There's a little bit of a disconnect between that last panel of the first part, where Angel's schoolmates vow to find out who the mysterious Angel figure was, and the next issue, which sees Angel having left the academy (or possibly just on summer break), and having set himself up as an independent superhero, the Avenging Angel. He's trying to make a name for himself, but it's rotten luck when one of the criminals he foils is a "known liar" and not believed.

Meanwhile, the X-Men have detected a new mutant. A good mutant or an evil mutant? In a surprising acknowledgement of moral complexity, Xavier says "we do not live in a world of lucid blacks and whites, Bobby... [...] Right now, whether that mutant we've located uses his power for good or evil may well depend on us". The X-Men (being Scott and Bobby) turn up and try to recruit him, and exhibiting all the people skills we've come to expect from them rapidly get in a fight with him. After learning the value of teamwork, he signs up. His moral choice was never in any real doubt - his brief wonkiness was simply result of technobabble. Warren has had as far as we know no traumatic "with great power comes great responsibility" moment, he just got powers one day and then decided to help people because that's the right thing to do. Truly an Angel.

Friday, 10 August 2012

X-Men #54-#57: the Second Summers Brother

X-Men #54 openly hangs a lampshade on the idea that Scott has been secretly keeping his kid brother Alexander 'Alex' Summers from us and from the X-Men. He's just graduated (from college), and is a latent mutant too, and we get our first indication that this gives him some general physiological enhancements beyond his special powers.

He is attacked by minions of the the phoney Pharaoh (really an archaeology Professor named Abdol) at his graduation. The logic behind this is initially quite simple: Pharaoh has realised he is a mutant, and is eliminating a rival. When the X-Men step in to rescue Alex, he decides they should die as well. In the aftermath of the fight, Cyclops (in costume) casually reveals himself to Alex as being his brother. The dialogue here is worth quoting in its entirety:

  (in disguise as Cyclops)
We'll get them, chum.  But first - I'm going
to burn those chains off my brother's wrists.

B-b-brother?  Did you say - brother?

I mean like - wow!

We gain the pristine impression that you two
should be left alone to discuss a few things.
See you back at headquarters, Cyke.

I guess you're right, Beast.  We won't be
  (to Alex)

It's funny, Alex - here I've been waiting all
these years to be able to level with you and
and now - I don't know where to begin.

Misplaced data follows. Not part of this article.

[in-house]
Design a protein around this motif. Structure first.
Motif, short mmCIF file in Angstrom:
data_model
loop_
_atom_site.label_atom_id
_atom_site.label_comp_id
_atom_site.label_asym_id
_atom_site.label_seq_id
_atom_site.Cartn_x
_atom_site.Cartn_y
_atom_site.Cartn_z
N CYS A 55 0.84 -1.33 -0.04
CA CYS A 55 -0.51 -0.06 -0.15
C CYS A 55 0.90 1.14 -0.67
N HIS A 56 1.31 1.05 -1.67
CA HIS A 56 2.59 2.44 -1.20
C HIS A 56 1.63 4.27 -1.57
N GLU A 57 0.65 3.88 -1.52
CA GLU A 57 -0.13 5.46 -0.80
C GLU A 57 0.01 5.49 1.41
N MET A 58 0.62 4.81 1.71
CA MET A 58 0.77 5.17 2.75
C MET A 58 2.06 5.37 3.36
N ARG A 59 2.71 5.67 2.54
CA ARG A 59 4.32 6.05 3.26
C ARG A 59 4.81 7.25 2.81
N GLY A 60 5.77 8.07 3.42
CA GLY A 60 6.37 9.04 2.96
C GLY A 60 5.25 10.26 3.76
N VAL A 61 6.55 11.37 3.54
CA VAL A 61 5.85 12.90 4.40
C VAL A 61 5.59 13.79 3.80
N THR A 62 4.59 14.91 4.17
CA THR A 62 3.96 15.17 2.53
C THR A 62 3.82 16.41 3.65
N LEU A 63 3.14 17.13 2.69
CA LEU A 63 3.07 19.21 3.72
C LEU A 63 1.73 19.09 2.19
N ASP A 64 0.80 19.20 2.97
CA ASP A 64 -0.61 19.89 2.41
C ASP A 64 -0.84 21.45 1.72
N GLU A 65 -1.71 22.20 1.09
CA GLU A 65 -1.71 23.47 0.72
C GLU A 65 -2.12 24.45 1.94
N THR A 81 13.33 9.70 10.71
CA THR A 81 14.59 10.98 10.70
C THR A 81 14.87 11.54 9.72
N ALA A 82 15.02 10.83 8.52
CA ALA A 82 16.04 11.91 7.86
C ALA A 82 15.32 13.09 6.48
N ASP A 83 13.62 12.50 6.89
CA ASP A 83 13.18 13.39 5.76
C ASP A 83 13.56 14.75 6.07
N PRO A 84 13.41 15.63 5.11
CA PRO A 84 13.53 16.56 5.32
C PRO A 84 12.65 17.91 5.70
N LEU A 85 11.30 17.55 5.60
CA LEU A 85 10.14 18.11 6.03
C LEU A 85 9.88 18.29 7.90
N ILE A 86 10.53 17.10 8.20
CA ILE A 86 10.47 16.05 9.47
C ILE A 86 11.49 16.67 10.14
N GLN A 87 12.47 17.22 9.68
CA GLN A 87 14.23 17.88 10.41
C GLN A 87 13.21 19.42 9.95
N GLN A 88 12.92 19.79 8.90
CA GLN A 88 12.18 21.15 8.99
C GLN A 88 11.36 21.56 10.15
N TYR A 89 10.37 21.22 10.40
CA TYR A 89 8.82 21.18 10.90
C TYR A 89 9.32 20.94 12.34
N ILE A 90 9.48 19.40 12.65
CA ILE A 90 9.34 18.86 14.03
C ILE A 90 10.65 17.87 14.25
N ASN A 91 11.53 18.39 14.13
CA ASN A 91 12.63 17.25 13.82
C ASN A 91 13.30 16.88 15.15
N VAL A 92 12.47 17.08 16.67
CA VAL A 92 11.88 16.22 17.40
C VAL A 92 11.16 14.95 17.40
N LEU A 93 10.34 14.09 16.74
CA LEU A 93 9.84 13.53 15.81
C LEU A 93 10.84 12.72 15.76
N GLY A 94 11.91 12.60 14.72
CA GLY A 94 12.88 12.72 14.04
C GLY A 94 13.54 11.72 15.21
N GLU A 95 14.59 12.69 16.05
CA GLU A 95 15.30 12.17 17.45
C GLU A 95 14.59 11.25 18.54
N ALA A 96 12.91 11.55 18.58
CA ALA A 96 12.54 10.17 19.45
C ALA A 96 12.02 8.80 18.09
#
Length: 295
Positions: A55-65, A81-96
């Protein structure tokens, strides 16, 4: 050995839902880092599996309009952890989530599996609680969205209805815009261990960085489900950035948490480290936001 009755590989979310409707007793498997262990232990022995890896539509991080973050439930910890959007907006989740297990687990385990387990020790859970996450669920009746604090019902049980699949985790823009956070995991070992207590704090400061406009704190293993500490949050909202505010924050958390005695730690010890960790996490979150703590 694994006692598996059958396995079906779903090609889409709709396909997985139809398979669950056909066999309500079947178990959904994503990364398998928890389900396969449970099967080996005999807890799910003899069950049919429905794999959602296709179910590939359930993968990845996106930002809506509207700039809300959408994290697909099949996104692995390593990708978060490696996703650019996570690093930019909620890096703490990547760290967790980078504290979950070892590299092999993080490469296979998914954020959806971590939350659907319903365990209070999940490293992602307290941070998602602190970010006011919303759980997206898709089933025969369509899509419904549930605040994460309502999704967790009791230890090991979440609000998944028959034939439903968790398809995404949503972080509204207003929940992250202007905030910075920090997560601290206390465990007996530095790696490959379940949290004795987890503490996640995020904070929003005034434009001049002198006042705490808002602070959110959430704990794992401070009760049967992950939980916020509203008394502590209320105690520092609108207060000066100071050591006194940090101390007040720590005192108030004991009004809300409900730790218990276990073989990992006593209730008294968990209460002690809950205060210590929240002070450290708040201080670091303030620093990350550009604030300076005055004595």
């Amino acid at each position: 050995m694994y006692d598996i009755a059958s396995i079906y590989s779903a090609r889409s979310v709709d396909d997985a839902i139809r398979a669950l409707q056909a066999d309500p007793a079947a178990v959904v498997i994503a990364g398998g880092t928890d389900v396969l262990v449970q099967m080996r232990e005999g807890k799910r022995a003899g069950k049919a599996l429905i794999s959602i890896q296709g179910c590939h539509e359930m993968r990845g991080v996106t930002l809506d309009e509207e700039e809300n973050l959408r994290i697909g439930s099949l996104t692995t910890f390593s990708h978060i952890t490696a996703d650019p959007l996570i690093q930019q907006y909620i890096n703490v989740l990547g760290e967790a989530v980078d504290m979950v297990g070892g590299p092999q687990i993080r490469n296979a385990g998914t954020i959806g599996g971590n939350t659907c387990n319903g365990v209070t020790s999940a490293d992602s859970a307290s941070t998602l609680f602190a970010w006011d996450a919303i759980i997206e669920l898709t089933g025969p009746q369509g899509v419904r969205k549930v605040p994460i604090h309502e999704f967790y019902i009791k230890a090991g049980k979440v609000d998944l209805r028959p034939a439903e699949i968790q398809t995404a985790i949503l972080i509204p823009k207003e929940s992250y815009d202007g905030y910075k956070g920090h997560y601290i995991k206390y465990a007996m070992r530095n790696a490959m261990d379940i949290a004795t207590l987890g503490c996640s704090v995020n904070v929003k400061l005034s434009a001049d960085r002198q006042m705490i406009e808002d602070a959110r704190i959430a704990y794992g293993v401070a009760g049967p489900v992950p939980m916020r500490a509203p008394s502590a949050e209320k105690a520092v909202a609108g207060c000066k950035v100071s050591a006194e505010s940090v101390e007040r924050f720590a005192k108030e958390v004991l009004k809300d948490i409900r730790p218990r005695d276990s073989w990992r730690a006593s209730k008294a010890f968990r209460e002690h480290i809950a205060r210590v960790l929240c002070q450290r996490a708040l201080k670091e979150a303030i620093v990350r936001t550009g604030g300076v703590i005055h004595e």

I've got a dandy notion.  Why don't you try
beginning at the beginning?

Okay - but it's the craziest darn thing!
Suddenly I'm shy about this and -

What's the matter?  You afraid I'm going
to be ashamed of being the kid brother 
of the leader of the X-Men?

Cyclops or Scott - you're still the greatest.

This is a fairly positive reaction to a close family member coming out, something we've missed so far in the various origins. In #55, further fighting has the result that Alex demonstrates his power - of general blasting. They manage to get the bad guy sorted out (by now with a power upgrade and calling himself the Living Monolith), but poor Alex is now terrified of what he has become, and has run away. Which is the worst possible moment to be attacked by a Sentinel...

The X-Men return to New York to find Lorna missing (we know that she's encountered a Sentinel too), and a new Federal Council on Mutant Activities founded by Judge Chalmers, assisted by Larry Trask, the son of Bolivar Trask the creator of the Sentinels...

Thursday, 9 August 2012

X-Men #53: Blastaar, who the bleep is Blastaar?

X-Men #53 immediately answers my question, fortunately. Blastaar explains himself as follows

For I am — Blastaar! King of a limitless domain — emperor of all existence! Beside my power, all else is as nothingness! Yey — cosmic monarch though I be — I have been felled by the foulest of fates! Where is there one who would challenge my majesty? Their legions are few — their fortunes are feeble! Condemned I am by cruel conspirators who fly the vapid flag of what they would call decency and justice — condemned by them to roam the endless wilderness of negative space.

He carries on like that for two whole pages (and for every single panel he's in), with nary an editorial note, but there's a clue there (negative space). In short: he's a particularly pretentious Fantastic Four fiend.

Jean is testing a machine left behind by Xavier, which goes wrong and somehow causes Blastaar to be summoned to the mansion (at least, I think it's the mansion - it's never clear. It's also not obvious why they have suddenly been allowed to reform. Not the first time that they've forgotten why a status quo changed happened though - see Mimic being sacked after blackmailing his way onto the team). They fight and defeat him, through teamwork! Jean here comes up with the plan, to have Bobby make ice statues and then have them be propelled by her, which is quite novel.

The art for this issue is by Barry Windsor-Smith (credited as Barry Smith), who only did this single issue on X-Men, but would go on to great things. Like Jim Steranko's couple of issues, it feels very different to the Kirby/Roth/Heck style. It's bigger and more detailed, people are tightly framed and often clipped by the boundaries. Lots of pages are a simple 4-panel layout, with the maximum being 6 panels, and the speech and thought bubbles happily go over the edges. Smith was all of 20 when he drew this! Astonishing...